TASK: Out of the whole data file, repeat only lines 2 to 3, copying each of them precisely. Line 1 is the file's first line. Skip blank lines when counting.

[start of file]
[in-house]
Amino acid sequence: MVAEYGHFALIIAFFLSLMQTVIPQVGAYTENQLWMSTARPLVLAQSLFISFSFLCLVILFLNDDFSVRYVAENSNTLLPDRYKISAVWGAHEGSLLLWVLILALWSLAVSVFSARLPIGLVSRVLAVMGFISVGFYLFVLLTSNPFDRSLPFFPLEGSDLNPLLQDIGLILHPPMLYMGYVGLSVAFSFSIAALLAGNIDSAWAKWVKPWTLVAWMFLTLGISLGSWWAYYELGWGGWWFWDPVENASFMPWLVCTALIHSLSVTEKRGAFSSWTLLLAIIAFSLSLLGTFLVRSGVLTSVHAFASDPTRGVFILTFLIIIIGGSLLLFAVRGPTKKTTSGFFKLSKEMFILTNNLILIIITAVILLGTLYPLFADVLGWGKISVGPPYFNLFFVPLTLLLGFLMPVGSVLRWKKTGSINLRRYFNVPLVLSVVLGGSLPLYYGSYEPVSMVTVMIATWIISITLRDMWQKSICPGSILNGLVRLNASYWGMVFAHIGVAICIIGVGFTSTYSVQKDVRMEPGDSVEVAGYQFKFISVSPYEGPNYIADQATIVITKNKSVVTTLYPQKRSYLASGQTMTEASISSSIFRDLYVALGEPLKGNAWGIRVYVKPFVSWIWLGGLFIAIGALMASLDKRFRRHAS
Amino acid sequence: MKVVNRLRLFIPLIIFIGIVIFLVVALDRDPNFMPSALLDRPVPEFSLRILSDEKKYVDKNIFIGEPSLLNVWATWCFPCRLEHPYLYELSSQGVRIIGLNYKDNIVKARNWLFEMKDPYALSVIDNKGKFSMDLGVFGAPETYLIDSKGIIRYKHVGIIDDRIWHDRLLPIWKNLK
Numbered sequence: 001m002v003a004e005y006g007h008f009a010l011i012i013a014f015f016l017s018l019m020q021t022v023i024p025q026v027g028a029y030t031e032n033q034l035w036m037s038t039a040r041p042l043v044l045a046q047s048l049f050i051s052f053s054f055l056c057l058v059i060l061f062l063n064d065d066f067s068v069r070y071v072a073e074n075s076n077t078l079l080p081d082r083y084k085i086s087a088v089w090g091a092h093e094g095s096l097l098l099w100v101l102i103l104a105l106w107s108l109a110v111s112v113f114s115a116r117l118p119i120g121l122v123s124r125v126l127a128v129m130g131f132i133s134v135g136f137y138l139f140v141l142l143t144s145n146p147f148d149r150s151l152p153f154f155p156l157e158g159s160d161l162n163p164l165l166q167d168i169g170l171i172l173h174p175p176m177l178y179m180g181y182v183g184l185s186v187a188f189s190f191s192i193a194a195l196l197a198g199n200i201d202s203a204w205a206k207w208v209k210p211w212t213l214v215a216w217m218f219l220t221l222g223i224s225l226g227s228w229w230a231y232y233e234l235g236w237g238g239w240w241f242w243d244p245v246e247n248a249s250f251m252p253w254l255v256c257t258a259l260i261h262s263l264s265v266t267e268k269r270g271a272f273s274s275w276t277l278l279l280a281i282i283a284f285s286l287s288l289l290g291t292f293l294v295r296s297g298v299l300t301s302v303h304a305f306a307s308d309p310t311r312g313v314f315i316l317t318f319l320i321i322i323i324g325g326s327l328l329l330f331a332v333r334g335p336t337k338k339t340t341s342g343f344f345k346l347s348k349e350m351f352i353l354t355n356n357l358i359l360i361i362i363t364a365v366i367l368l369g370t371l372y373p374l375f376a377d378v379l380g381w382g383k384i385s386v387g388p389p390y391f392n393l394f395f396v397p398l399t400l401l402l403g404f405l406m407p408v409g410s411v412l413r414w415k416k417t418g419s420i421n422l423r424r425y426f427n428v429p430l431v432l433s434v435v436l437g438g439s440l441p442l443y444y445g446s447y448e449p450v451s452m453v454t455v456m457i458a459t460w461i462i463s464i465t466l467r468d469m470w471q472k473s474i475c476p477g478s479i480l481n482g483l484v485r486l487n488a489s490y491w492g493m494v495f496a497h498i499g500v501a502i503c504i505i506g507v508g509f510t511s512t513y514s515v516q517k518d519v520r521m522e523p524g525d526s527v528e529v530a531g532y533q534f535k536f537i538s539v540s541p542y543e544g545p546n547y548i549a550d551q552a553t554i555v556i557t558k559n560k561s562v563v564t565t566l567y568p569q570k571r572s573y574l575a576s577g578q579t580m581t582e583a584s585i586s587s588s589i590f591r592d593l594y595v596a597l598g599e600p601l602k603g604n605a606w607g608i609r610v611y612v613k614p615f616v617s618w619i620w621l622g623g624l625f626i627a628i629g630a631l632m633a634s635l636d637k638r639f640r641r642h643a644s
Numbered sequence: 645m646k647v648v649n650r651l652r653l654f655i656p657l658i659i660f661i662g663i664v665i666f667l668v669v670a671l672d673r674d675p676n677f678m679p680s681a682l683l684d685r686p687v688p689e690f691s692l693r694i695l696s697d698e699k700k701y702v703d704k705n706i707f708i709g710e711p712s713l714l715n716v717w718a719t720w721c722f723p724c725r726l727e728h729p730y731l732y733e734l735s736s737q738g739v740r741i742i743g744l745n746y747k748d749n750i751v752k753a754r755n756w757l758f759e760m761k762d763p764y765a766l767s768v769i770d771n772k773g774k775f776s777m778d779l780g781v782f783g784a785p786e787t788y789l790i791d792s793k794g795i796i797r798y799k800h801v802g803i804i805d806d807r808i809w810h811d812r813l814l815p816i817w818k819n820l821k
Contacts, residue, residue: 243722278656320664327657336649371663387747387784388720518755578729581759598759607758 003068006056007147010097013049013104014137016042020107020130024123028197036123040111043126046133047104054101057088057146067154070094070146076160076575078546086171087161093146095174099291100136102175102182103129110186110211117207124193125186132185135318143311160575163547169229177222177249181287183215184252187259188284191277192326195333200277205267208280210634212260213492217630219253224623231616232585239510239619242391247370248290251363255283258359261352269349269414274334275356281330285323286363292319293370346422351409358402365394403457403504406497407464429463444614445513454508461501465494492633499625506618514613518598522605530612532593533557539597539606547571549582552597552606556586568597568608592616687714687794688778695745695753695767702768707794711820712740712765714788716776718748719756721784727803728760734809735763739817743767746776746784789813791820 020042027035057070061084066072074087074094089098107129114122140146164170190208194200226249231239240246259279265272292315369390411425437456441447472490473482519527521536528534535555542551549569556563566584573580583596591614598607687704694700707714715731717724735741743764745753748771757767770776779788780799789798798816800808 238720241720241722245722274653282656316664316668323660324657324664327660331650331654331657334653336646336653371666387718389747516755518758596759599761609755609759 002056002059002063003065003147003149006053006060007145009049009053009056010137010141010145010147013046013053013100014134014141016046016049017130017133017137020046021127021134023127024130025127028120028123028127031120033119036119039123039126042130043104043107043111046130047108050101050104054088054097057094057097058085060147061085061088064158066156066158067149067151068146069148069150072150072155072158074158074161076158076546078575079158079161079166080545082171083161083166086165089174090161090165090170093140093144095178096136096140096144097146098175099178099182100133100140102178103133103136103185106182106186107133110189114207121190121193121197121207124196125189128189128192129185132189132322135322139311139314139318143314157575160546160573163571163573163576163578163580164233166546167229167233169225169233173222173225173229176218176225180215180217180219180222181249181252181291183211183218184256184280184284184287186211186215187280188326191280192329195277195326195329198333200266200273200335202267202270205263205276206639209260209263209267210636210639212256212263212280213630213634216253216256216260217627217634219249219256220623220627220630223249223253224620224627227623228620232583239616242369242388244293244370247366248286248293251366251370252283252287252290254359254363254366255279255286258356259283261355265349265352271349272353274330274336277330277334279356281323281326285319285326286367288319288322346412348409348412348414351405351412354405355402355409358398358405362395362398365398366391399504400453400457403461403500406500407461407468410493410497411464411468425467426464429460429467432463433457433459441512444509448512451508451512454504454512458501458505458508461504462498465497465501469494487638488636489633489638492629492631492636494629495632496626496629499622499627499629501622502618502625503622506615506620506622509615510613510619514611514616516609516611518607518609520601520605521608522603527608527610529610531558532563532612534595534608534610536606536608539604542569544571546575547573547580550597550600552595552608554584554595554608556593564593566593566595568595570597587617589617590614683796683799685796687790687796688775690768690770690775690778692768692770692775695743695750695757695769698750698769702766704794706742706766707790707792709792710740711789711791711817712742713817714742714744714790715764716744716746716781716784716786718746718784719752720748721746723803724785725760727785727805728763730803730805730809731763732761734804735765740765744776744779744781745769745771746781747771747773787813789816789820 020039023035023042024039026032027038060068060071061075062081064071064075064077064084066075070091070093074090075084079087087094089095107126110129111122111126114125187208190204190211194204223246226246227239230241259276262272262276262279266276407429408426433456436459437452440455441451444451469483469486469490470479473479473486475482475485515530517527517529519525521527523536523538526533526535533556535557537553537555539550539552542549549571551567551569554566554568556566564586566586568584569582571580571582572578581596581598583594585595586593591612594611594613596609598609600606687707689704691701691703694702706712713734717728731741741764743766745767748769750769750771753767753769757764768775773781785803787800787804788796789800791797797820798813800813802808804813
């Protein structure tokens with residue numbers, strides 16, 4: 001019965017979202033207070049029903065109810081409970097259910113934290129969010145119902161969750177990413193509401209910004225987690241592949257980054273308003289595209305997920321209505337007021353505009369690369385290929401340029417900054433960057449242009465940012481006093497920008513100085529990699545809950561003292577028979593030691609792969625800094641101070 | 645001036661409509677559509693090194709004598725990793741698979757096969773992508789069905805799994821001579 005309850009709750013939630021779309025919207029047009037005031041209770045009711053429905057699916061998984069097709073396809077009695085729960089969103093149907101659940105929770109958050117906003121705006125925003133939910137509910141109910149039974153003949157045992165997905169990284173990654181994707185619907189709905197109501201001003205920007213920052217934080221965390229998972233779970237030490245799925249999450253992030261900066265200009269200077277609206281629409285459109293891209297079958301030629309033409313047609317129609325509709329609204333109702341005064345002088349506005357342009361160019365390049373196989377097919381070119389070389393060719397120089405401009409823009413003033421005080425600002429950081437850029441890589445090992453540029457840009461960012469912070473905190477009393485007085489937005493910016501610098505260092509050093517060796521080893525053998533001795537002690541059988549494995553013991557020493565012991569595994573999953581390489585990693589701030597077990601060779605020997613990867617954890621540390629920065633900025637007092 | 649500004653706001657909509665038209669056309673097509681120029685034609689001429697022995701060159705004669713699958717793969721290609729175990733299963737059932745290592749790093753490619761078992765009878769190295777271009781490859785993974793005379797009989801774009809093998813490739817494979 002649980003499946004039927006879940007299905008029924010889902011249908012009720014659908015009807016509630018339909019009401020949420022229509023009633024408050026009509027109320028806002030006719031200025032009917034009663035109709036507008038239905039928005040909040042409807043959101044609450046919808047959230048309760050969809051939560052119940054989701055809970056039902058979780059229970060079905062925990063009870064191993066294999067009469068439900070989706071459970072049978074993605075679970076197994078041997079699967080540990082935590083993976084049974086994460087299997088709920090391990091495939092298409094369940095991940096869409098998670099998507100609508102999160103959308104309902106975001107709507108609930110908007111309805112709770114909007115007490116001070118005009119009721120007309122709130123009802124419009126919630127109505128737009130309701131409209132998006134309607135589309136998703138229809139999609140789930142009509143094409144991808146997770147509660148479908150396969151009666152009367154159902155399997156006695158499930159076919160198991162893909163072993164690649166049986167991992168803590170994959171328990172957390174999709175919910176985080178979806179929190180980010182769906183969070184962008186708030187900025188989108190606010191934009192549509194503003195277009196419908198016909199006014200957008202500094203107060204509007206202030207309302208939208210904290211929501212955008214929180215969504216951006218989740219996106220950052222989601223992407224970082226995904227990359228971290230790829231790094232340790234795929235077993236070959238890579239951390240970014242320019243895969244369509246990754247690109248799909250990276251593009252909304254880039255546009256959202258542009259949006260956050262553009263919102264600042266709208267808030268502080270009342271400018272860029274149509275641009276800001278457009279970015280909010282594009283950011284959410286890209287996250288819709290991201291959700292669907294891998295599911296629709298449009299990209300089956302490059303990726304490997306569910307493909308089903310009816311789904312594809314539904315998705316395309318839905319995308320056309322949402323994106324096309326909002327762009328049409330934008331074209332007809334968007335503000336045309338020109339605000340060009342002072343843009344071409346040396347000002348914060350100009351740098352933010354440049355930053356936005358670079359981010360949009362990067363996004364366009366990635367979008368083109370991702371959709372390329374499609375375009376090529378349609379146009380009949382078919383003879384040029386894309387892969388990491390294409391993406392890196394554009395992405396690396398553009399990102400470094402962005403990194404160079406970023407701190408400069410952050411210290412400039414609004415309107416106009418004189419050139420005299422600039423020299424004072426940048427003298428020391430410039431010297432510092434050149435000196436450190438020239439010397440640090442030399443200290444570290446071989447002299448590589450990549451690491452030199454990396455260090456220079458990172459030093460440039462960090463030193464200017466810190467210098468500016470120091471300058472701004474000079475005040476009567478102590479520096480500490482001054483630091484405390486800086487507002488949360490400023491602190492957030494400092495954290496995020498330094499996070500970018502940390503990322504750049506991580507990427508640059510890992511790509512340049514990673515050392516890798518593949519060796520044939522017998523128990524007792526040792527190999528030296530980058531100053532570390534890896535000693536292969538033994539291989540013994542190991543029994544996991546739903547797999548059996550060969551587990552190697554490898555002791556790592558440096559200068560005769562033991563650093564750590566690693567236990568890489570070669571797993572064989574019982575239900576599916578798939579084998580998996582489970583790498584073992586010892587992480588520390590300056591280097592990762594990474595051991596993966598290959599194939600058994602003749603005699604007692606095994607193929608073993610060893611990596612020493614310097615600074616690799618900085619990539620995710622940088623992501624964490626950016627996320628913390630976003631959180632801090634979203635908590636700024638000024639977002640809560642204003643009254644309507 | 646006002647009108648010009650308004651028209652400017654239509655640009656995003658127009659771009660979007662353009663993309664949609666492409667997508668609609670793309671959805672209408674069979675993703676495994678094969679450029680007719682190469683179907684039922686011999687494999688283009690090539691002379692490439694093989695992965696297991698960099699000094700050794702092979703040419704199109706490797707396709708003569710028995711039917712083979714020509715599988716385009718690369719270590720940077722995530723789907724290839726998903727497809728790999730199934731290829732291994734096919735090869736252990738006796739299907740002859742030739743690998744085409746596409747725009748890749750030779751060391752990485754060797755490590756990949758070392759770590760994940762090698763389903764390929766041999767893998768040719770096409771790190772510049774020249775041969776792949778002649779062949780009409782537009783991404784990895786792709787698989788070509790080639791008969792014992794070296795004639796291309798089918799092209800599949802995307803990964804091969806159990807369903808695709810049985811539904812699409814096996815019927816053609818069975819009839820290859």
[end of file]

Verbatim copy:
Amino acid sequence: MVAEYGHFALIIAFFLSLMQTVIPQVGAYTENQLWMSTARPLVLAQSLFISFSFLCLVILFLNDDFSVRYVAENSNTLLPDRYKISAVWGAHEGSLLLWVLILALWSLAVSVFSARLPIGLVSRVLAVMGFISVGFYLFVLLTSNPFDRSLPFFPLEGSDLNPLLQDIGLILHPPMLYMGYVGLSVAFSFSIAALLAGNIDSAWAKWVKPWTLVAWMFLTLGISLGSWWAYYELGWGGWWFWDPVENASFMPWLVCTALIHSLSVTEKRGAFSSWTLLLAIIAFSLSLLGTFLVRSGVLTSVHAFASDPTRGVFILTFLIIIIGGSLLLFAVRGPTKKTTSGFFKLSKEMFILTNNLILIIITAVILLGTLYPLFADVLGWGKISVGPPYFNLFFVPLTLLLGFLMPVGSVLRWKKTGSINLRRYFNVPLVLSVVLGGSLPLYYGSYEPVSMVTVMIATWIISITLRDMWQKSICPGSILNGLVRLNASYWGMVFAHIGVAICIIGVGFTSTYSVQKDVRMEPGDSVEVAGYQFKFISVSPYEGPNYIADQATIVITKNKSVVTTLYPQKRSYLASGQTMTEASISSSIFRDLYVALGEPLKGNAWGIRVYVKPFVSWIWLGGLFIAIGALMASLDKRFRRHAS
Amino acid sequence: MKVVNRLRLFIPLIIFIGIVIFLVVALDRDPNFMPSALLDRPVPEFSLRILSDEKKYVDKNIFIGEPSLLNVWATWCFPCRLEHPYLYELSSQGVRIIGLNYKDNIVKARNWLFEMKDPYALSVIDNKGKFSMDLGVFGAPETYLIDSKGIIRYKHVGIIDDRIWHDRLLPIWKNLK